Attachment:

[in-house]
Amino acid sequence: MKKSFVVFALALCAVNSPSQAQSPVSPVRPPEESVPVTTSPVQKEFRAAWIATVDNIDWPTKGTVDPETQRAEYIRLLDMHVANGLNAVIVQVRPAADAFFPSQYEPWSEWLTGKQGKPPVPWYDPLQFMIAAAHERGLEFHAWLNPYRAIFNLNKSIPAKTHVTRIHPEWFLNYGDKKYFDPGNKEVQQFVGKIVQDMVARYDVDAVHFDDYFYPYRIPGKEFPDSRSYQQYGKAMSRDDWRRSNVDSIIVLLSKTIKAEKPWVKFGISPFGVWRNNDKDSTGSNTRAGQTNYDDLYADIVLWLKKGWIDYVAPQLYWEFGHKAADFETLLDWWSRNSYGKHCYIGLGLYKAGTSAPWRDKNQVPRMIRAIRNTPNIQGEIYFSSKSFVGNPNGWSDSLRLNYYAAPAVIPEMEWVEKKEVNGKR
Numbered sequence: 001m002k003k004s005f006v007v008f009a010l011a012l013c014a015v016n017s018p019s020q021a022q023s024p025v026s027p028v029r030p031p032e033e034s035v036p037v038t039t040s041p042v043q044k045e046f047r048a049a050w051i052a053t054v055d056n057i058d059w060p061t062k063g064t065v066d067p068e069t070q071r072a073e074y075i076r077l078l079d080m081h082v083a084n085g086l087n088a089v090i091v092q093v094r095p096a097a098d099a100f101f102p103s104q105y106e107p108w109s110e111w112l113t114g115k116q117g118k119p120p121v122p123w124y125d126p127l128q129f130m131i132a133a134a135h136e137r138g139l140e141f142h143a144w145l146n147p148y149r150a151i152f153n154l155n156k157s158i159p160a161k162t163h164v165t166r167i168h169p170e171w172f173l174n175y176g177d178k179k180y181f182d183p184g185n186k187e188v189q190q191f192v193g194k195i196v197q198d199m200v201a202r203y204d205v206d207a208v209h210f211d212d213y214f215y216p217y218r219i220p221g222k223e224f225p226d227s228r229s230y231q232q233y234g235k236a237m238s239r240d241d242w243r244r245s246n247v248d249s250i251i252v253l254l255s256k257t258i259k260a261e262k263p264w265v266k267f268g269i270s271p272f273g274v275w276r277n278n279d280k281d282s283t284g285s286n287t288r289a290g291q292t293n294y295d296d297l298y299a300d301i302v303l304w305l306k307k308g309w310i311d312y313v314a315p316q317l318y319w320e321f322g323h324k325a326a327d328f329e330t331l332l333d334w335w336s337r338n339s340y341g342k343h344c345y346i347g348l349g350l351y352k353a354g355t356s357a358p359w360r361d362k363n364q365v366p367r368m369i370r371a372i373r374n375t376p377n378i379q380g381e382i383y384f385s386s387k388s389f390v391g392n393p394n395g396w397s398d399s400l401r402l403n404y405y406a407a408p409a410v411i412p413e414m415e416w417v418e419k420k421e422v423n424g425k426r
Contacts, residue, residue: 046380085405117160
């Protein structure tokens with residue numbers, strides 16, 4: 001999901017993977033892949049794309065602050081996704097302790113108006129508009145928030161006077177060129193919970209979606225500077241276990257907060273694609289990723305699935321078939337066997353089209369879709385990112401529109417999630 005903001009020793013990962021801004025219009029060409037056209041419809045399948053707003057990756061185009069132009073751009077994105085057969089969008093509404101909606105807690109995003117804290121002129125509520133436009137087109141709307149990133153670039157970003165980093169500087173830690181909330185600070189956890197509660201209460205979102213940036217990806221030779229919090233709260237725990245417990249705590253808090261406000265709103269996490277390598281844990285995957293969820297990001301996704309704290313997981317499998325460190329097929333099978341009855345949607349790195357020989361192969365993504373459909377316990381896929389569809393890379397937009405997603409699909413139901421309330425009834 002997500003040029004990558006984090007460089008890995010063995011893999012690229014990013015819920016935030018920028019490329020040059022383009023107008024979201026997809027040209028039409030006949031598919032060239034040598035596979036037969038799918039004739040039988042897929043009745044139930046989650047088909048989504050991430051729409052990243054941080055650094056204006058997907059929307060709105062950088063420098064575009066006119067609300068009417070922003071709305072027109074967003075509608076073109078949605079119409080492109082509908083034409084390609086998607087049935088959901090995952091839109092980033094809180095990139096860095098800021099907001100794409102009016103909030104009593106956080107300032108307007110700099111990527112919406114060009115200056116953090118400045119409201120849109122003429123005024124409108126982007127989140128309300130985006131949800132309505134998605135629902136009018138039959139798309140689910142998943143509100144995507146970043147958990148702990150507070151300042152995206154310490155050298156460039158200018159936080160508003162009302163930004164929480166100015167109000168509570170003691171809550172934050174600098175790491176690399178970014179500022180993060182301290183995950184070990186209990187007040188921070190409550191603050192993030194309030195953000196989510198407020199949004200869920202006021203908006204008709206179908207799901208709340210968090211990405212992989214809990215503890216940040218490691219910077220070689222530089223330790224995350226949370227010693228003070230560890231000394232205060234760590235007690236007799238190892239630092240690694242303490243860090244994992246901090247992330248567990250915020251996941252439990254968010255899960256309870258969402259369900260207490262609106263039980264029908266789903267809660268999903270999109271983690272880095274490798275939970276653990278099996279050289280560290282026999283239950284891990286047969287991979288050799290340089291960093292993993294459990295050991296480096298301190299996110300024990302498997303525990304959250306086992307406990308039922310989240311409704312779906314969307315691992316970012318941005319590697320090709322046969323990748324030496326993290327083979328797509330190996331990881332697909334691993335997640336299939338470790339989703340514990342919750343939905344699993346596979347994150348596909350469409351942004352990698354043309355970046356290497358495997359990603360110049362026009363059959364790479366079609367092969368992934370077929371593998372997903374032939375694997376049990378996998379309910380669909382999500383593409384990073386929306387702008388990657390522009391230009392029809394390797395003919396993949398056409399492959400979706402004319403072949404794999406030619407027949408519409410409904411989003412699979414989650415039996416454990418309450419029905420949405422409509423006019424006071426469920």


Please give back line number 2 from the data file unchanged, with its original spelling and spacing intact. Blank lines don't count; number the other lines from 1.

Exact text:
Amino acid sequence: MKKSFVVFALALCAVNSPSQAQSPVSPVRPPEESVPVTTSPVQKEFRAAWIATVDNIDWPTKGTVDPETQRAEYIRLLDMHVANGLNAVIVQVRPAADAFFPSQYEPWSEWLTGKQGKPPVPWYDPLQFMIAAAHERGLEFHAWLNPYRAIFNLNKSIPAKTHVTRIHPEWFLNYGDKKYFDPGNKEVQQFVGKIVQDMVARYDVDAVHFDDYFYPYRIPGKEFPDSRSYQQYGKAMSRDDWRRSNVDSIIVLLSKTIKAEKPWVKFGISPFGVWRNNDKDSTGSNTRAGQTNYDDLYADIVLWLKKGWIDYVAPQLYWEFGHKAADFETLLDWWSRNSYGKHCYIGLGLYKAGTSAPWRDKNQVPRMIRAIRNTPNIQGEIYFSSKSFVGNPNGWSDSLRLNYYAAPAVIPEMEWVEKKEVNGKR